How a Property Crimes Lawyer Can Help

Your New Jersey property crimes attorney can help your case in several ways. Whether you are charged with a lower-level crime or a more severe property crime, the consequences of a conviction could have a devastating impact on your life.

Your freedoms may be on the line. A criminal defense attorney in New Jersey can help by:

They Have a Thorough Understanding of NJ Laws

Only an in-depth and keen understanding of New Jersey property crime laws can help you obtain a favorable outcome in your case. We know your rights and are not afraid to protect them at trial.

They’ll Challenge the Prosecution’s Claims

The state’s prosecutor is supposed to prove your guilt beyond a reasonable doubt to obtain a conviction for a property crime. Your criminal defense attorney understands the types of evidence used to obtain conviction in cases of this nature. We will be prepared to challenge this evidence so it cannot be introduced at trial against you.

They Have Extensive Trial Experience

Working with a private property crimes attorney provides you with additional legal options that you may not receive when working with a public defender or if you defend yourself. Your lawyer will analyze the details of your case to determine how to best approach your defense strategy. They may negotiate a plea agreement with the prosecution or build a strong defense at trial.

Trial-Ready Lawyers for All Property Crimes

Under New Jersey law, there are many types of property crimes.

Some common property crimes in Monmouth County include:

  • Burglary – Breaking and entering or remaining in any structure or building with the intent to commit a crime under N.J.S.A.2C:18-2.
  • Criminal mischief – Under N.J.S.A. 2C:17-3a(1), this involves any damage done to someone else’s tangible property.
  • Trespassing – Under N.J.S.A.2C:18-3, this involves individuals that enter or are located on someone else’s property without their permission or consent. Defiant trespassing involves being on someone else’s property with a posted or verbal notice against trespassing.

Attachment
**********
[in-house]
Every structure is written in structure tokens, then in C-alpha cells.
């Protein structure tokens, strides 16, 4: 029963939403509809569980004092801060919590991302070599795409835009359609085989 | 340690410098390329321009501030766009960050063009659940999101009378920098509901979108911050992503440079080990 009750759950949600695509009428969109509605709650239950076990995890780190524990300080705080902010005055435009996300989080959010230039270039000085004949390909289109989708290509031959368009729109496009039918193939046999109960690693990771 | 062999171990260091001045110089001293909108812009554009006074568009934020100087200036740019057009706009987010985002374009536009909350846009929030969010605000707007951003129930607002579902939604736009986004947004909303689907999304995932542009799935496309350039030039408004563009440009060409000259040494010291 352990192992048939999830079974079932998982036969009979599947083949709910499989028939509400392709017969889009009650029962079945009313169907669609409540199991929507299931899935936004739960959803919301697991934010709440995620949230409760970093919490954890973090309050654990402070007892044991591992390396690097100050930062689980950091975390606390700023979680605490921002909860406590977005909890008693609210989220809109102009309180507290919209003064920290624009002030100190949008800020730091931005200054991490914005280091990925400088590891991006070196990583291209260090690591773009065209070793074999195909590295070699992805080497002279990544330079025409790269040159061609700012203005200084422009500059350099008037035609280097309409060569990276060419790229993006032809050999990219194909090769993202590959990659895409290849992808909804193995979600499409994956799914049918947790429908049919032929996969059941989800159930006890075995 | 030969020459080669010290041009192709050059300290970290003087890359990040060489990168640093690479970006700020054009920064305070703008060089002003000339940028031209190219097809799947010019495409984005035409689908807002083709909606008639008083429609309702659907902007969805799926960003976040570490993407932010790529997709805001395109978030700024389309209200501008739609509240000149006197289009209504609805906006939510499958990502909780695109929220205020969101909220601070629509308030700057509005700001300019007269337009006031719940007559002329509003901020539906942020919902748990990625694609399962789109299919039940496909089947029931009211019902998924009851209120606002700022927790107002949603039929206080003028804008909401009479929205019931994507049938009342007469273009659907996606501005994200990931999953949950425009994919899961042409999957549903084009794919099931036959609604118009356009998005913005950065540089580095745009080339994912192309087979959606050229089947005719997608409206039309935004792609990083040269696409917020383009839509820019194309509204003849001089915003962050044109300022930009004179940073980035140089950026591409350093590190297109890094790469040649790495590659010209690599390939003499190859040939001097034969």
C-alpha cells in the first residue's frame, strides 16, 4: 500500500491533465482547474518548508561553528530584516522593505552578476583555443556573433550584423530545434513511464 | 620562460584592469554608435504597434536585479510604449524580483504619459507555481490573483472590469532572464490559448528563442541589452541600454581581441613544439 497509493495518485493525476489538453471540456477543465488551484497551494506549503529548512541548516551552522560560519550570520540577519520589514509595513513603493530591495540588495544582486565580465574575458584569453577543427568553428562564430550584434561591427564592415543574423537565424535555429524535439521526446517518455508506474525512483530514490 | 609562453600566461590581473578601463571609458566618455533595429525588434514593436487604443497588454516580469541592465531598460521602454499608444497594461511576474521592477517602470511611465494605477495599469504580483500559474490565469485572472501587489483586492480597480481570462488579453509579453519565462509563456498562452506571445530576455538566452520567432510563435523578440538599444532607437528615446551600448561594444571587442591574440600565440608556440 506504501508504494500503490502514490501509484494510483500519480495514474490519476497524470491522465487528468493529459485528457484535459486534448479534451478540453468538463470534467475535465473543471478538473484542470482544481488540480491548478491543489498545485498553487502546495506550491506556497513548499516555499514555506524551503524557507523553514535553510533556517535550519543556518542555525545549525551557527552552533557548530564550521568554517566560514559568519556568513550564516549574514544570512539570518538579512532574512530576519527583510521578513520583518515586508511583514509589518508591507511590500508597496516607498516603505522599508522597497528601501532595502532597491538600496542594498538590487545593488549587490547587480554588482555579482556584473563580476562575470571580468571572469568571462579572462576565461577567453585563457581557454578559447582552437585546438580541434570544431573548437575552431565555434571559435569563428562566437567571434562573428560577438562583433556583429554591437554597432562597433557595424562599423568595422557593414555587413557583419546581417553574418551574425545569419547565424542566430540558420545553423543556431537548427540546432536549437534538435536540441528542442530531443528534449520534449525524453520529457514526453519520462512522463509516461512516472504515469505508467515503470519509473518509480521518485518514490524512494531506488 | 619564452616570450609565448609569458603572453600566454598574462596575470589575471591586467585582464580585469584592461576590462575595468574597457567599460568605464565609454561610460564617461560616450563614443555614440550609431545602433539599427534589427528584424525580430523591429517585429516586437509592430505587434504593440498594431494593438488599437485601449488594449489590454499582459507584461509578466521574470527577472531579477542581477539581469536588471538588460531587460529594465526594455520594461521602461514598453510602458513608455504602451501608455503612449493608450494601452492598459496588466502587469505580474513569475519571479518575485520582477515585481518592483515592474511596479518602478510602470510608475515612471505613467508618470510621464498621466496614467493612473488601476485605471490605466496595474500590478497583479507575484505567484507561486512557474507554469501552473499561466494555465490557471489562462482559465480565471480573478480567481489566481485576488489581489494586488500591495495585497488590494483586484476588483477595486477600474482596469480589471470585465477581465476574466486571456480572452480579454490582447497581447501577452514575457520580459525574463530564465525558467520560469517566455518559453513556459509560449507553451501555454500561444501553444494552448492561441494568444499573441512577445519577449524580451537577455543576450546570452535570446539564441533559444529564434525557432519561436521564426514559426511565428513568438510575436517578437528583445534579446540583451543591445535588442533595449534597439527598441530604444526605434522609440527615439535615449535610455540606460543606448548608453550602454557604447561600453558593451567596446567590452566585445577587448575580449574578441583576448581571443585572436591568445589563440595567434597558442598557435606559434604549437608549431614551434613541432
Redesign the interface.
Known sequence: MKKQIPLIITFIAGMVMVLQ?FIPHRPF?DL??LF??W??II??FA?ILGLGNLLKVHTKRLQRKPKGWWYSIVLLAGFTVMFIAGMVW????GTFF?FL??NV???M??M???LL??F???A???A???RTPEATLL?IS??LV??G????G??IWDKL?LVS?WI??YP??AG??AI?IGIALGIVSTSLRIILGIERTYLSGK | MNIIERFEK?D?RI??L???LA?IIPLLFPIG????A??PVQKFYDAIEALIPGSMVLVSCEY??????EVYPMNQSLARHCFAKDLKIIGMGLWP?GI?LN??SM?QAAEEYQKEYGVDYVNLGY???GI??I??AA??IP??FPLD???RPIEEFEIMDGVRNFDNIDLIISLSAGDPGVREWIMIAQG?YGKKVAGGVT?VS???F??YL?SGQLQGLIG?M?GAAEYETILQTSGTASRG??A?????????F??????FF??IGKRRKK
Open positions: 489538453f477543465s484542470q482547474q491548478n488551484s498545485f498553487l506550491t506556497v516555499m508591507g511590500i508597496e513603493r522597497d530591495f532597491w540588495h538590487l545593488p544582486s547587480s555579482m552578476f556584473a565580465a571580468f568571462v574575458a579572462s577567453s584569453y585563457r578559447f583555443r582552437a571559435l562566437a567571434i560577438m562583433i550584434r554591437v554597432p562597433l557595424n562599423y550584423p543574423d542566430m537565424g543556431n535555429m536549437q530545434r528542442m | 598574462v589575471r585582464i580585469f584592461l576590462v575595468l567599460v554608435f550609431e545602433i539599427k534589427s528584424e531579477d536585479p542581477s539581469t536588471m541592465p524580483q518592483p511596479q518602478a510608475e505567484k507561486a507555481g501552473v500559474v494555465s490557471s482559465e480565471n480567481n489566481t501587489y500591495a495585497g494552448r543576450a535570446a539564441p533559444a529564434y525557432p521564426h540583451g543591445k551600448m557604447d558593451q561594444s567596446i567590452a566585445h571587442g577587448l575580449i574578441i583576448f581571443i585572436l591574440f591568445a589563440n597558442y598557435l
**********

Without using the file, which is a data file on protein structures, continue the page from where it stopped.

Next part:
• Arson – Under N.J.S.A.2C:17-1, this involves intentionally starting a fire or causing an explosion
  • Motor Vehicle Theft – Although this is a property crime, you will be charged under New Jersey’s theft laws.

Penalties for NJ Property Crimes

Both first-time and habitual property crime offenders face harsh consequences if convicted. New Jersey law is unique in that criminal offenses are not referred to as misdemeanors or felony crimes.

Instead, criminal offenses are classified as disorderly persons offenses and first, second, third, or fourth-degree crimes.

The potential penalties for a conviction are as follows:

  • Petty Disorderly Persons Offense – 30 days in jail and fines of $500.
  • Disorderly Persons Offense – 6 months in jail and fine of $1,000.
  • Fourth-Degree Criminal Offense – 18 months in jail and fines up to $10,000.
  • Third-Degree Criminal Offense – 3 to 5-year prison sentence and fines up to $15,000.
  • Second-Degree Criminal Offense – 5 to 10-year sentence and fines up to $150,000.
  • First-Degree Criminal Offense – 10 to 20-year prison sentence and fines up to $200,000.

Examples of Specific Property Crime Penalties

Property crime penalties vary widely depending on the details of your case.

Here are some examples of the specific penalties you might face: